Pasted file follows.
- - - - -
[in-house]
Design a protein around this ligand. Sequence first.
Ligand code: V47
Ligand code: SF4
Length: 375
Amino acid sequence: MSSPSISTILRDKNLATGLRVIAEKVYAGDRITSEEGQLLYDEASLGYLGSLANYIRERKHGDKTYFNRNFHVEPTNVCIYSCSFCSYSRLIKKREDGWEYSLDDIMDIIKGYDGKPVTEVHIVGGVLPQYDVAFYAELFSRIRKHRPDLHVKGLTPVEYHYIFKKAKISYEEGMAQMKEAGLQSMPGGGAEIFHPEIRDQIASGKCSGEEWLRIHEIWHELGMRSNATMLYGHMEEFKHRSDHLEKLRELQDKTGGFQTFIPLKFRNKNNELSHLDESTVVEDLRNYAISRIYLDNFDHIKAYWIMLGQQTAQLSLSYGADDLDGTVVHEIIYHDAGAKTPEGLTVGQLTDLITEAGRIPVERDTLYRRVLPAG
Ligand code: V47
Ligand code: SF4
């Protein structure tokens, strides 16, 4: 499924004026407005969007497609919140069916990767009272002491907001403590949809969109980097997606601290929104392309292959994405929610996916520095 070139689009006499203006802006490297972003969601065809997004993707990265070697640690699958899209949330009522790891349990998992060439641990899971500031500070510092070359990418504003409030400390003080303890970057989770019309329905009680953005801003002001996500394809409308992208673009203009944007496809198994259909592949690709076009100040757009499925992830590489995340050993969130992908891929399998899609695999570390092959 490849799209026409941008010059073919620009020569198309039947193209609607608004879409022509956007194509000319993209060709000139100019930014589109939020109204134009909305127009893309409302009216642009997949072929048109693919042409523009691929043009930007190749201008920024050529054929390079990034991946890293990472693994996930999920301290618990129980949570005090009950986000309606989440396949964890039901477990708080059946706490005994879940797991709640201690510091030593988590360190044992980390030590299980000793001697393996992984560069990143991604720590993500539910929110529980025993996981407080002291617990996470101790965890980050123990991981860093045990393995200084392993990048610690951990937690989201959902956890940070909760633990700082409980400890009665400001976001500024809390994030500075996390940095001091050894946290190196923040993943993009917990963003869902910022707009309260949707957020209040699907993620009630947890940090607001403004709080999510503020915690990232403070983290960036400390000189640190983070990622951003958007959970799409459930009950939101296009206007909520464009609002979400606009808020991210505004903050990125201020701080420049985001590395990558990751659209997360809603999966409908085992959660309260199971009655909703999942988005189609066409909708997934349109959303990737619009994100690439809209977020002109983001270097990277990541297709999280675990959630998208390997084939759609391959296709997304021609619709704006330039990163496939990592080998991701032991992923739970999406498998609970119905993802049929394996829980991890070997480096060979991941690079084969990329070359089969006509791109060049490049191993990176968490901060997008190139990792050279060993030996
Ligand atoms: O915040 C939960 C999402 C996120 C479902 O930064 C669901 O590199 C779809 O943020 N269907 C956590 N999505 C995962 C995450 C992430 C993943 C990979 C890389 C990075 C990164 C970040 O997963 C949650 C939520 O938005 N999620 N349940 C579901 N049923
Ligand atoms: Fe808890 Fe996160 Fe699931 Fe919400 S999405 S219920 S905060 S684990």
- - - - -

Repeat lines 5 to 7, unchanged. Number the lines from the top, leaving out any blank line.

Length: 375
Amino acid sequence: MSSPSISTILRDKNLATGLRVIAEKVYAGDRITSEEGQLLYDEASLGYLGSLANYIRERKHGDKTYFNRNFHVEPTNVCIYSCSFCSYSRLIKKREDGWEYSLDDIMDIIKGYDGKPVTEVHIVGGVLPQYDVAFYAELFSRIRKHRPDLHVKGLTPVEYHYIFKKAKISYEEGMAQMKEAGLQSMPGGGAEIFHPEIRDQIASGKCSGEEWLRIHEIWHELGMRSNATMLYGHMEEFKHRSDHLEKLRELQDKTGGFQTFIPLKFRNKNNELSHLDESTVVEDLRNYAISRIYLDNFDHIKAYWIMLGQQTAQLSLSYGADDLDGTVVHEIIYHDAGAKTPEGLTVGQLTDLITEAGRIPVERDTLYRRVLPAG
Ligand code: V47